With India loosing the test series 1-0, it was expected that they are going to retaliate on non-issues. Surprisingly, the assault came from their coach, Greg Chappel, and the target is none other than Shoaib Akhtar.
“There is something seriously different about it [Shoaib’s action],” Reuters has quoted Chappell as saying to India’s 24-hour television channel Times Now. His comments came after Sachin Tendulkar and Anil Kumble were hit on the helmet by rising Shoaib deliveries in the ongoing third and final Test at Karachi. Chappell added that India could do without its players being hit like that.
“We have seen these reports and we are trying to find out whether he has said these things,” Shaharyar Khan, the Pakistan Cricket Board (PCB) chairman, told Reuters on Wednesday. “If he has implied anything about Shoaib’s action it is a violation of the ICC code of conduct.
“In 2004, our chief selector Wasim Bari made some comments about the umpires officiating in a international game involving Pakistan and he was reprimanded by the ICC for violation of code of conduct which applies to all players, team and board officials.”
Khan pointed out that the PCB had also asked Ranjan Madugalle, the match referee, to look into the matter. “Even if something has been implied in any statement we will pursue it with the match referee,” he said.
Shoaib had been singled out for a defective action twice in his career, but was cleared by the University of Western Australia’s testing centre in 2001 when it was determined that he had an abnormality in his elbow.
However, Bruce Elliott, the West Australian biomechanics expert who worked with Shoaib and Muralitharan, said it was unnecessary to re-evaluate the two. “Both of them were tested under the same conditions as what we’re going to be using for [Johan] Botha. They have already been tested and cleared. Shoaib gets hyperextension, which the ICC says is OK, and rightly so,” he was quoted as saying by The Age, a Melbourne-based daily. “Otherwise, you would run into problems with disability and people would take them to the high court. It’s an abnormality in the arm, he is double-jointed.”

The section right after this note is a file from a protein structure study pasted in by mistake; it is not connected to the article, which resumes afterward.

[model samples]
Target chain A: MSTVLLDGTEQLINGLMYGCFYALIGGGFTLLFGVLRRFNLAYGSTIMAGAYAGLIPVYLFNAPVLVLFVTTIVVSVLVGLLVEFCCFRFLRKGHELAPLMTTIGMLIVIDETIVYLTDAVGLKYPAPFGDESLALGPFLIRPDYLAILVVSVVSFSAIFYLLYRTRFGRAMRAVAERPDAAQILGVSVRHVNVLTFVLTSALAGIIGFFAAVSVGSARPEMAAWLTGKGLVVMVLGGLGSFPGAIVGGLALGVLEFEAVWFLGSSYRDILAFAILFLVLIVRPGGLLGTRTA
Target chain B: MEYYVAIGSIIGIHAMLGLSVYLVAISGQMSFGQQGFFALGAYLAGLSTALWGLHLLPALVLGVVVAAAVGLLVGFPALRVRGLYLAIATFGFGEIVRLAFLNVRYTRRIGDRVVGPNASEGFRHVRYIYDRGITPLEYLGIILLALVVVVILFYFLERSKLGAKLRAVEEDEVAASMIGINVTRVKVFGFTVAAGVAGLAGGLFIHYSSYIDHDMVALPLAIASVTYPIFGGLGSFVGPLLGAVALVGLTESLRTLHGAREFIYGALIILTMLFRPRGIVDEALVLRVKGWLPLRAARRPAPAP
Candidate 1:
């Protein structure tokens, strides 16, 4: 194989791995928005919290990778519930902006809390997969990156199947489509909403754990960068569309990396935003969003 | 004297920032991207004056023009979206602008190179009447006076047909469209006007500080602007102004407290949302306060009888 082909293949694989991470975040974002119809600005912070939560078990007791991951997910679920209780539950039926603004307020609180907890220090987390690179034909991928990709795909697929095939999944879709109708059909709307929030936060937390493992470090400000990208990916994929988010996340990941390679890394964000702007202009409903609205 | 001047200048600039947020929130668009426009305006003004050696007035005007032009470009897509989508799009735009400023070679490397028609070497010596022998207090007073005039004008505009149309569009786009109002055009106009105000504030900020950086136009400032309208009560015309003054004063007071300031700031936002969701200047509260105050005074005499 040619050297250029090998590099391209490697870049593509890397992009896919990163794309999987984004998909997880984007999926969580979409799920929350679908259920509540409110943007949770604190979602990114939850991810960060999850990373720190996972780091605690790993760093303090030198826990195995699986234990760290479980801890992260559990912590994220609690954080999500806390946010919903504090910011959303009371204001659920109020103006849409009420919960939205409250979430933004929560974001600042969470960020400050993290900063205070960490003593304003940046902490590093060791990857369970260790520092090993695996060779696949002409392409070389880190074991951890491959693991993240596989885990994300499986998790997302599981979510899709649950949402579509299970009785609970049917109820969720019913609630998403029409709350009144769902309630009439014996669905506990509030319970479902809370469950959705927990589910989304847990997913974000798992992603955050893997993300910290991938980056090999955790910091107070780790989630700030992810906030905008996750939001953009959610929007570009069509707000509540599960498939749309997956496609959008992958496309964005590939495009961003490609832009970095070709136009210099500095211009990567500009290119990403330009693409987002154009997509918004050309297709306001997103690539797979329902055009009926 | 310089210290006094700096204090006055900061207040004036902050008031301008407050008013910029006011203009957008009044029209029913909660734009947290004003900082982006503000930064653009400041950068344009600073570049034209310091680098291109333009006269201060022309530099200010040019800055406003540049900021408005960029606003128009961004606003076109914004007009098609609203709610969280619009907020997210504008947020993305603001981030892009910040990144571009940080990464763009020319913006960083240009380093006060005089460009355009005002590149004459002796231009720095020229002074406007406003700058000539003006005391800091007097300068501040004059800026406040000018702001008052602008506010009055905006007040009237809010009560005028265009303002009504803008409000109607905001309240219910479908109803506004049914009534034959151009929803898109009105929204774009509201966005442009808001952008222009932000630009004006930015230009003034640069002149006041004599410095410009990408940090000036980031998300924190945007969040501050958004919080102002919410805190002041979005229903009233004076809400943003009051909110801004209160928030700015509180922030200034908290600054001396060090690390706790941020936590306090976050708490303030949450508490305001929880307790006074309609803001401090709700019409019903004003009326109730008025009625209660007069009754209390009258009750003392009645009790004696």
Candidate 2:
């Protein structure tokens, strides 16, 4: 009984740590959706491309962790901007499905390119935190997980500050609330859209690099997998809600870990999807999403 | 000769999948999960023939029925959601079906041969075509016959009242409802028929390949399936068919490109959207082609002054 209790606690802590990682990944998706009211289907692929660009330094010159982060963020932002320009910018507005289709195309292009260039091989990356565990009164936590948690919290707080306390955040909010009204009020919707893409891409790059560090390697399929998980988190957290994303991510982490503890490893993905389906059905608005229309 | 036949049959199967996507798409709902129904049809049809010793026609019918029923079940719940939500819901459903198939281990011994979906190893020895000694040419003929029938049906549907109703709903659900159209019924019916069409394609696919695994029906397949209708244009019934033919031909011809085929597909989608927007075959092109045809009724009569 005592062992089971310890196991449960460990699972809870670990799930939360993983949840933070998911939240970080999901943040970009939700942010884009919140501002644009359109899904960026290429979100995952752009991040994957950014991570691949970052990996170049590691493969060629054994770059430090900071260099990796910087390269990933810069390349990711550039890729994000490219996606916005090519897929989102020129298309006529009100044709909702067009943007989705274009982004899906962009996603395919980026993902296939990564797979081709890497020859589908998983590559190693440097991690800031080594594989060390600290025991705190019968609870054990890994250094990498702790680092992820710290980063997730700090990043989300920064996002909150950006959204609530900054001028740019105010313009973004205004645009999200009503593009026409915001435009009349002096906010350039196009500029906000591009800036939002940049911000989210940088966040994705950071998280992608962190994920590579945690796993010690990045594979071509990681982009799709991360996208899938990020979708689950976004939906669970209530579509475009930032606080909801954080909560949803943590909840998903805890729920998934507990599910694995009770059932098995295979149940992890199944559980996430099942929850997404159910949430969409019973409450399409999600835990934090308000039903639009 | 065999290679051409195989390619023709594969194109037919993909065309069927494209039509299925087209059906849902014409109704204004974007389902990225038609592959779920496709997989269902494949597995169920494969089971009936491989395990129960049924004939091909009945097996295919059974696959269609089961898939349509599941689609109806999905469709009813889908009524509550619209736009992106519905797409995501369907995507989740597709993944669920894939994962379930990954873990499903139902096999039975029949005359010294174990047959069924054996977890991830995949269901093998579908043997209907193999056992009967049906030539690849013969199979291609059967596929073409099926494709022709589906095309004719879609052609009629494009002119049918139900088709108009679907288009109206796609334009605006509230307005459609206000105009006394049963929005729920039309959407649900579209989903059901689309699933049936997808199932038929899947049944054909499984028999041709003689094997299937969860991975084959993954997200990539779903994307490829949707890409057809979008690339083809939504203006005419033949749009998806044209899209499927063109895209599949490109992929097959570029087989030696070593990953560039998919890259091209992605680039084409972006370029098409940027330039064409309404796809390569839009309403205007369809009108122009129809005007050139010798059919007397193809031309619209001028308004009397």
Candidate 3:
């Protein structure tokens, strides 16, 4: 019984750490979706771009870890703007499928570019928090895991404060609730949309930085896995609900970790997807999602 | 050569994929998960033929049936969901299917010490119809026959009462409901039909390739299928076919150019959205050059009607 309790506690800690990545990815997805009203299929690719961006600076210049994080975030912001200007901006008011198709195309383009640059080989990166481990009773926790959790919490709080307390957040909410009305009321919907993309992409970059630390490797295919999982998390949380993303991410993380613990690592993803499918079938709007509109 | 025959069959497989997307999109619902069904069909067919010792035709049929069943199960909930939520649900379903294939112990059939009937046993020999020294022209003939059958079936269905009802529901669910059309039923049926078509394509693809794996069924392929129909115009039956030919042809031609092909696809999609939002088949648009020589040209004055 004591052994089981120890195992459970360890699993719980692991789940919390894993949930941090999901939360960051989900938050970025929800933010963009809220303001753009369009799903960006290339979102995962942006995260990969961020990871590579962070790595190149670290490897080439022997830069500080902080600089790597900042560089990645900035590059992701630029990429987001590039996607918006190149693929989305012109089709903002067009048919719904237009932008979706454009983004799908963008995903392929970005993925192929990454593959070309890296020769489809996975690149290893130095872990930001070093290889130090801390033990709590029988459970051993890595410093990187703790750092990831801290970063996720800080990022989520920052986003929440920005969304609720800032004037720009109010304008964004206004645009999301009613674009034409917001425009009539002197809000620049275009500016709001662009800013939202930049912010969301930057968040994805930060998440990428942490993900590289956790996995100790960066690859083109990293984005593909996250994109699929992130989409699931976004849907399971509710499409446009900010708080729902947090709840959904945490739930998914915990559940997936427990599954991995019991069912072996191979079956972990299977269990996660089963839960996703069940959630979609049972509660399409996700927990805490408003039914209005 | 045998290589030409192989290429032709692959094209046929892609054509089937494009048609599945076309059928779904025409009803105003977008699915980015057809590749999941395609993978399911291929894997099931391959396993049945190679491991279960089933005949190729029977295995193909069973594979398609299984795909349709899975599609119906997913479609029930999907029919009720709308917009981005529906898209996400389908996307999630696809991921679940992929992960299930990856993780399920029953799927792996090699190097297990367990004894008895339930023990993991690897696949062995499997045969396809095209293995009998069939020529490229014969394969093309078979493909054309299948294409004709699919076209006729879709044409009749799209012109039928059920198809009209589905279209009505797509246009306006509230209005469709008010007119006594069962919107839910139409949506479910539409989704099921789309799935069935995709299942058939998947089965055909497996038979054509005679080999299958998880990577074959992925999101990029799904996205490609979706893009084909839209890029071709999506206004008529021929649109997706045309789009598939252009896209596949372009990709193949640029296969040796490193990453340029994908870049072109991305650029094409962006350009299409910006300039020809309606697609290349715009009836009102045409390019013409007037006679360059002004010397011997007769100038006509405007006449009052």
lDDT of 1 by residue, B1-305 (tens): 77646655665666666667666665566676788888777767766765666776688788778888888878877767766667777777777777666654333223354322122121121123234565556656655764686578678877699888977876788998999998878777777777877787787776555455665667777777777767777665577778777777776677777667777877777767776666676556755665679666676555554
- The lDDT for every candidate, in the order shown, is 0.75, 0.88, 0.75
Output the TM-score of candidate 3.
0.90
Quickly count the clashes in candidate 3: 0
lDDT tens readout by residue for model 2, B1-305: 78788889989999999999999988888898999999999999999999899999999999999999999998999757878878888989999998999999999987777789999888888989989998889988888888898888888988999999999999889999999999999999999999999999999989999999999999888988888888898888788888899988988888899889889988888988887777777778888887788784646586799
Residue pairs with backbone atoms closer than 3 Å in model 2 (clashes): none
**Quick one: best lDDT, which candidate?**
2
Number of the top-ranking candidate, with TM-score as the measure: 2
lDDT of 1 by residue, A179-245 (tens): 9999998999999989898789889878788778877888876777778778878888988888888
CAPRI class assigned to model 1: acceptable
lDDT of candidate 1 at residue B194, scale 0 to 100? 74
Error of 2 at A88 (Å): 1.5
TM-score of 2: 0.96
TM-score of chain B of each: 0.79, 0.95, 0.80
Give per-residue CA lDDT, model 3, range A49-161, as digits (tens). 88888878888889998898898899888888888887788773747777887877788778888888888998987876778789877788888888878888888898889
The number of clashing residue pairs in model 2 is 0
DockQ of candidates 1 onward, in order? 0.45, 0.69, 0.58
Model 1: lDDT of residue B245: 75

Elliott and Dr Paul Hurion, one of the ICC’s experts on human-movement, are set to test Botha, the South African spinner, today. Hurion is credited for developing an innovative computer video software five years ago that was used to set the levels of a bowler’s arm straightening at five degrees for a spinner, 7.5 for a medium-fast bowler and 10 for a fast bowler.
This software was shelved in 2004 when it was decided that a uniform 15 degrees would suffice for evaluation. Hurion was quick to point out that Shoaib and Muralitharan were tested under the old system. “There are a few bowlers, Muttiah Muralitharan and Shoaib Akhtar among them, who haven’t gone through the new protocol,” he said. “That would clear a lot of the scaremongering and the underlying suspicion.”
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